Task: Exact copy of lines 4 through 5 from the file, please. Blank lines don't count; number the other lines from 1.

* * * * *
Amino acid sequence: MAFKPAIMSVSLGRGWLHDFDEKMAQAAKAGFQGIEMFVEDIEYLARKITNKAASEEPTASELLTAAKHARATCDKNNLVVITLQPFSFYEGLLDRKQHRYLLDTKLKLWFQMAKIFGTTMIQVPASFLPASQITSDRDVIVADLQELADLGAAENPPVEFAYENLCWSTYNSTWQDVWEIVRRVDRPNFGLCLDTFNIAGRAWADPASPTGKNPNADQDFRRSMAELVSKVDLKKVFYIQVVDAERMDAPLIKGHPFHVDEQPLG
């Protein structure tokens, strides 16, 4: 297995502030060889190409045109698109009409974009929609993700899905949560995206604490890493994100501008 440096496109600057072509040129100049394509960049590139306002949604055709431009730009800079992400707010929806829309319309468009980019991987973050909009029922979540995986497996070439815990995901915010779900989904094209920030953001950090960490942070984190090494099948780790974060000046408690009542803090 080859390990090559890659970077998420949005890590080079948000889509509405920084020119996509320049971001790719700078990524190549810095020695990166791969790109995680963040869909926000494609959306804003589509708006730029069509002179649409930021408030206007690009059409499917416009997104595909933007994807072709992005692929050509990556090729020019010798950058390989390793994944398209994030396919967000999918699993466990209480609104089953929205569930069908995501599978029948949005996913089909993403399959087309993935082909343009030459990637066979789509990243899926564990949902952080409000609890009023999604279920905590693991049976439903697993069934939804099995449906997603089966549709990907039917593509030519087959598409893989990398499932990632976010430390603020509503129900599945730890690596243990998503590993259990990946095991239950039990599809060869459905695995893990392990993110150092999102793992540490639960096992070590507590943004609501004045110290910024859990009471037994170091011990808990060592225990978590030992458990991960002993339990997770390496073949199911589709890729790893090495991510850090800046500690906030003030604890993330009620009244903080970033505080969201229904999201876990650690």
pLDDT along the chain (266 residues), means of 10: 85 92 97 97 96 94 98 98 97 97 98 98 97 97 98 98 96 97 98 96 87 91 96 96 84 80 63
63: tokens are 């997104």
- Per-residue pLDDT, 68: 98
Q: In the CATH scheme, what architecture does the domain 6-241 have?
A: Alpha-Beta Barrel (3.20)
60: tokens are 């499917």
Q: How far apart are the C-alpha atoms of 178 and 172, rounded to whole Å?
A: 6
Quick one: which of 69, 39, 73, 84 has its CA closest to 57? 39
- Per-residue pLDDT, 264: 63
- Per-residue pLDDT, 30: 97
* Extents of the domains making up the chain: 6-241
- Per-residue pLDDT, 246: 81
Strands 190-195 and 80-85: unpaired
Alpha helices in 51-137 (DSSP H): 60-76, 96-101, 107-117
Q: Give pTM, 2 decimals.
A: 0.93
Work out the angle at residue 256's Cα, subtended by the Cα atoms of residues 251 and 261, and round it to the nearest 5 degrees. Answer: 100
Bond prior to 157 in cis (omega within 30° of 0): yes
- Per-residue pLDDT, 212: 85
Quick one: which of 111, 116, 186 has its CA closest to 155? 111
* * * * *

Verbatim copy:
63: tokens are 């997104």
- Per-residue pLDDT, 68: 98